With the added ball handler in Tyreke Evans, Roberts is seeing far less opportunities to rack up assists, as his per-36 minute assists per game has dropped to just 5 per-36 minutes – a low number for a starting point guard in the NBA. He doesn’t hurt you in turnovers though, as he averages just 1.8 per game as a starter, despite averaging 29.1 minutes per game – something only George Hill can say in terms of starting PGs this season.

Over the Pelicans’ last 6 games he has played 30.8 minutes per contest, while averaging a very solid 13.8 points, along with 3.2 assists and 47/95 splits. Sure, you’d like the threes and steals to be more than 0.8 per game each, but for an end of the bench guy he is not going to hurt you.

It also helps the Pelicans have gone 4-2 in this stretch and Roberts literally has no real competition for starting PG duties until the end of the season, so he’s going to play 30 minutes every night. Anything more than 32 minutes a night is gravy – he’s played 9 games this season of at least 32 minutes, averaging 15.7 points, 3.1 rebounds, 4.3 assists, 1.4 threes and 48/92 splits in the process – that’s money. Or gravy, depending what you like better.

Enes Kanter

I kanter remember a more frustrating young big man in fantasy basketball – though it’s not entirely his fault.

This guy is a legit beast inside and has shown stretches of being a legit fantasy C, but his style simply doesn’t mesh with the Jazz’s other franchise big man, Derrick Favors.

Kanter showed more than a glimpse at his fantasy potential last season, particularly when he played a minimum of 25 minutes in a game. He did that just 5 times last year, but he put up averages of 16.4 points, 10.6 rebounds and 56/89 splits – such a shame real basketball gets in the way of fantasy basketball isn’t it?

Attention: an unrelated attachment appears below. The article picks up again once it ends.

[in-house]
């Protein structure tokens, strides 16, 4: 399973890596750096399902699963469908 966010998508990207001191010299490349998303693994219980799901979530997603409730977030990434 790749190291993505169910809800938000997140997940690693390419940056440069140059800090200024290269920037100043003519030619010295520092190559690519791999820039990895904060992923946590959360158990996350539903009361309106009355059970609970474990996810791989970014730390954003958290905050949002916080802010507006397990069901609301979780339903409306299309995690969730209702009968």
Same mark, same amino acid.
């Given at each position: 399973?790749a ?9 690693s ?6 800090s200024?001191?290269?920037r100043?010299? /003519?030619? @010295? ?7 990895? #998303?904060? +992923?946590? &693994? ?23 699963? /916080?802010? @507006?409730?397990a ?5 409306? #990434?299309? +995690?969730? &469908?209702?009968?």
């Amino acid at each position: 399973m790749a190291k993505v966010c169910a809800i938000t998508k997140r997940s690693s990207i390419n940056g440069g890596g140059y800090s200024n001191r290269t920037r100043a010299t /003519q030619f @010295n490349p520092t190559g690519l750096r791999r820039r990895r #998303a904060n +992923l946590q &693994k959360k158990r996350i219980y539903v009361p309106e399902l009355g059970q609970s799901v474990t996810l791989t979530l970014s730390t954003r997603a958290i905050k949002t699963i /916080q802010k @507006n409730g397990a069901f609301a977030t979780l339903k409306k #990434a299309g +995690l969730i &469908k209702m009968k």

Ty Corbin has seen what most of us see, Kanter and Favors simply aren’t a good match on the court together, as a large proportion of their skill-sets overlap – both work inside, neither has an outside shot, and both do their best work crashing the glass getting put-backs and dunks/lay-ups.

The Jazz have been awful for the majority of this season, but they have been playing their young guys a lot recently, particularly Kanter and Favors – as both players are possibly being showcased for the off-season, when the team may need to decide which one stays and which one gets moved along.

Kanter has started 27 games this season, averaging 14.6 points, 7.7 rebounds, 1.1 assists and 50/73 splits – not exactly endorsement worthy fantasy stats. However, if you’re after rebounds over the last month, Kanter may be your man.

Over the Jazz’s last 9 games, he’s only started twice but he’s still managed to produce 10.7 rebounds per game, in just 28.5 minutes per night. Those figures aren’t readily available on waiver wires and while his field goal percentage has been just 43% in that period, ironically that comes down to his two starts where he shot just 8-28 combined – so he’s been 49% in the 7 games off the bench in that stretch.

He isn’t the sexy sleeper pick he was going into the season, but because he somewhat disappointed many fantasy managers early on, chances are he’s likely available in more leagues than he should be and he’s a nice play especially against teams with bigger front-lines like the Clippers and Portland.

Follow Sam on Twitter @macetastic and feel free to ask any NBA related questions, whether fantasy or reality.